I actually kind of like that grep solution because it allows you to implement both "this or that", or "this and that". Here's how:
if( grep { $_ eq $test } ( $item1, $item2 ) ) {
#..... This was an "or"
}
if( grep { $_ eq $test } ( $item1, $item2 ) == 2 ) {
#..... This was an "and"
}
This works because grep in scalar context returns the number of times it matched. If it matched an equal number of times to the number of elements being tested, all elements matched, so you've got a "this and that and that and that" condition.
This type of test is simplified even more (and definitely made easier to read) by using List::MoreUtils. That module offers an any and an all function:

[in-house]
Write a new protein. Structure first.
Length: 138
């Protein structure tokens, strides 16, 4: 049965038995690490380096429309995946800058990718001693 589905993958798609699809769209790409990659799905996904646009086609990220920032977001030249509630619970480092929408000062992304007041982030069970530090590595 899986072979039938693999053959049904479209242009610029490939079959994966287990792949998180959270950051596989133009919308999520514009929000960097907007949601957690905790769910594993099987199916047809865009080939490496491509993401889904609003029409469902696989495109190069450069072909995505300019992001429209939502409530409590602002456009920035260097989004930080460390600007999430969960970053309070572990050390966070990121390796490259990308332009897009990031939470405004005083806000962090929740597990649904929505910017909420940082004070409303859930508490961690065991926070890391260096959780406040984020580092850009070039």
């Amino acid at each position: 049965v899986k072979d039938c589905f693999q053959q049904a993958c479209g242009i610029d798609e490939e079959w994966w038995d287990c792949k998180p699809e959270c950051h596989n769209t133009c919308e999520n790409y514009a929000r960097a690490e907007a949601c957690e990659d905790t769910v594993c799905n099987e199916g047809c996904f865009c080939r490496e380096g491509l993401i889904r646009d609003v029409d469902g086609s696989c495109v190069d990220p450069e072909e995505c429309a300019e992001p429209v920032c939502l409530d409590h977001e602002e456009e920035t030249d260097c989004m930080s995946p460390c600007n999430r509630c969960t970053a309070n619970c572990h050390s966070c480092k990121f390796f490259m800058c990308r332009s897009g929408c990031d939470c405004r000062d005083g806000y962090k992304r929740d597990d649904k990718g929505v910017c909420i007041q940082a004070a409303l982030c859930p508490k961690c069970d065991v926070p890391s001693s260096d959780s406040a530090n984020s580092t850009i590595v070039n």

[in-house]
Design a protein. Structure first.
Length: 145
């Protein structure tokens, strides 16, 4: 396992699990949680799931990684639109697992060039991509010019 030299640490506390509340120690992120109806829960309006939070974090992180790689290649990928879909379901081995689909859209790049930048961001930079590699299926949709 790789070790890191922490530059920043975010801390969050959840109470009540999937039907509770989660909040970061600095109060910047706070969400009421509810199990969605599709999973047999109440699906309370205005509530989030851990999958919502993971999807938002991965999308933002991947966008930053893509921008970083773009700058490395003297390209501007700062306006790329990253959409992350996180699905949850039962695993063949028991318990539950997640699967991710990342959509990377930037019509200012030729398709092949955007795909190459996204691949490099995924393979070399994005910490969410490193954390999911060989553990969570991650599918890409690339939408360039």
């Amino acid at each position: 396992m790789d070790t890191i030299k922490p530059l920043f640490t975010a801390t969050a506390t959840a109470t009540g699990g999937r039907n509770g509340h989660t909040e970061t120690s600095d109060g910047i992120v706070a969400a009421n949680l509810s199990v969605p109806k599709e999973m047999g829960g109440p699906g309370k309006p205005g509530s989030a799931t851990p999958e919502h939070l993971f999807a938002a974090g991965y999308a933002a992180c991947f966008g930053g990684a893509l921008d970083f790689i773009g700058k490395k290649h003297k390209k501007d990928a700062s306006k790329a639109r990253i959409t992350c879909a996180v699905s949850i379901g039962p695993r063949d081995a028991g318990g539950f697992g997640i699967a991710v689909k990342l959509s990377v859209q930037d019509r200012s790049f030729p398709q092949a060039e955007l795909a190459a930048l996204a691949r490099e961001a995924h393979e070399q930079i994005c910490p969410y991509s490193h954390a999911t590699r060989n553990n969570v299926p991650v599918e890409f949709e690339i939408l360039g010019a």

use List::MoreUtils qw/ any all /;
#Here is an "or" condition.
if( any { $_ == 1 } ( 1, 2, 3 ) ) {
print "True.\n";
# This one is true because one of the elements matched.
}
#Here is an "and" condition.
if( all { $_ == 1 } ( 1, 2, 3 ) ) {
print "True.\n";
# This one is NOT true, because only one of the three elements mat
+ched.
}
The List::MoreUtils solution is sort of like the grep solution, but IMHO, easier to "at a glance" understand what's going on, and thus a better choice for its clarity.
Quantum::Superpositions could be used like this:
use Quantum::Superpositions;
if( any( 1, 2, 3 ) == 1 ) {
print "True.\n";
}
if( all( 1, 2, 3 ) == 1 ) {
print "True.\n";
# This one fails because only one, not all elements matched.
}
Though the Quantum::Superpositions solution looked the simplest, the module's own author (TheDamian) states that it is not intended for real world use. It was written more as a proof of concept, so while it's fun to play with, you probably shouldn't put it in production code. My own experience is that it's stable, but often slow, probably because it's such a brute force generalized approach to problems that may have more efficient specific solutions.